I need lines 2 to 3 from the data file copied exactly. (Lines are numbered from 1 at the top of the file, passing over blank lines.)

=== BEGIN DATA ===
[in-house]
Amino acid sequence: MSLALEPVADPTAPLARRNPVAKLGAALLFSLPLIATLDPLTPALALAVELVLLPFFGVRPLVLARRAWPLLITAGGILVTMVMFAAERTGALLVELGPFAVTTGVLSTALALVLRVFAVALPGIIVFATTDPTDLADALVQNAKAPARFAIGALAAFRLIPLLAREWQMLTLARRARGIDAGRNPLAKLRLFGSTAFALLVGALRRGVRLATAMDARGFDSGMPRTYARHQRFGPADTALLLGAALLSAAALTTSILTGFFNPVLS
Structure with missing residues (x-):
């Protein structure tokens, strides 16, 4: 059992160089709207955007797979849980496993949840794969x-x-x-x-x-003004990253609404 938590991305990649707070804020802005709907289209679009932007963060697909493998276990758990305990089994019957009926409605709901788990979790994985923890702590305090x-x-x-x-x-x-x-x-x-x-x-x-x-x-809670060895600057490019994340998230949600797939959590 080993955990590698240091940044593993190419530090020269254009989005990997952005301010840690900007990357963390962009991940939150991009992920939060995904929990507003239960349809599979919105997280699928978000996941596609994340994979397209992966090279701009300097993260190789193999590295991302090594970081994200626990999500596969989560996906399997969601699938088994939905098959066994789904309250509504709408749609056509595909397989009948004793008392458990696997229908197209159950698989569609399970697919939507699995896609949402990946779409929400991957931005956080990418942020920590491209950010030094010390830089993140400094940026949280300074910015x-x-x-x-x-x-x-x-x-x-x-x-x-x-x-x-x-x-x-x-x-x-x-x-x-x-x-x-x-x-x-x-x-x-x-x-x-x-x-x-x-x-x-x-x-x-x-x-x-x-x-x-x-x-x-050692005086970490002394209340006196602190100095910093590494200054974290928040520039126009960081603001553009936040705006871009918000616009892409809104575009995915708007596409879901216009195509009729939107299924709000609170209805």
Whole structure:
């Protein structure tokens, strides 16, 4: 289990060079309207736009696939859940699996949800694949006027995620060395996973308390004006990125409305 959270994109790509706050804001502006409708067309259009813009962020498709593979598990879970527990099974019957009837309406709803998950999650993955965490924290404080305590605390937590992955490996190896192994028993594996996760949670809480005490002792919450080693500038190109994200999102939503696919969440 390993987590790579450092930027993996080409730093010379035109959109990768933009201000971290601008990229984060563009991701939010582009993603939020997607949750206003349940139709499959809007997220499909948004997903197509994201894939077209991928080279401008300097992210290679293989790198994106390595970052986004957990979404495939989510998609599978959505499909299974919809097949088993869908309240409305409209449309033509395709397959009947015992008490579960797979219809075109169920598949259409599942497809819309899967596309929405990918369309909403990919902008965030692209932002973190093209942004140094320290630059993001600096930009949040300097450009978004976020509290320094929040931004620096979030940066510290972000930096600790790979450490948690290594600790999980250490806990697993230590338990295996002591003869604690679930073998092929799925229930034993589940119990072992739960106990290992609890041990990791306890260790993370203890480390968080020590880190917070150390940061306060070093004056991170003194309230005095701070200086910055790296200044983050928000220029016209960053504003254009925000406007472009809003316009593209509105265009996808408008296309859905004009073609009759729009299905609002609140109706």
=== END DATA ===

Amino acid sequence: MSLALEPVADPTAPLARRNPVAKLGAALLFSLPLIATLDPLTPALALAVELVLLPFFGVRPLVLARRAWPLLITAGGILVTMVMFAAERTGALLVELGPFAVTTGVLSTALALVLRVFAVALPGIIVFATTDPTDLADALVQNAKAPARFAIGALAAFRLIPLLAREWQMLTLARRARGIDAGRNPLAKLRLFGSTAFALLVGALRRGVRLATAMDARGFDSGMPRTYARHQRFGPADTALLLGAALLSAAALTTSILTGFFNPVLS
Structure with missing residues (x-):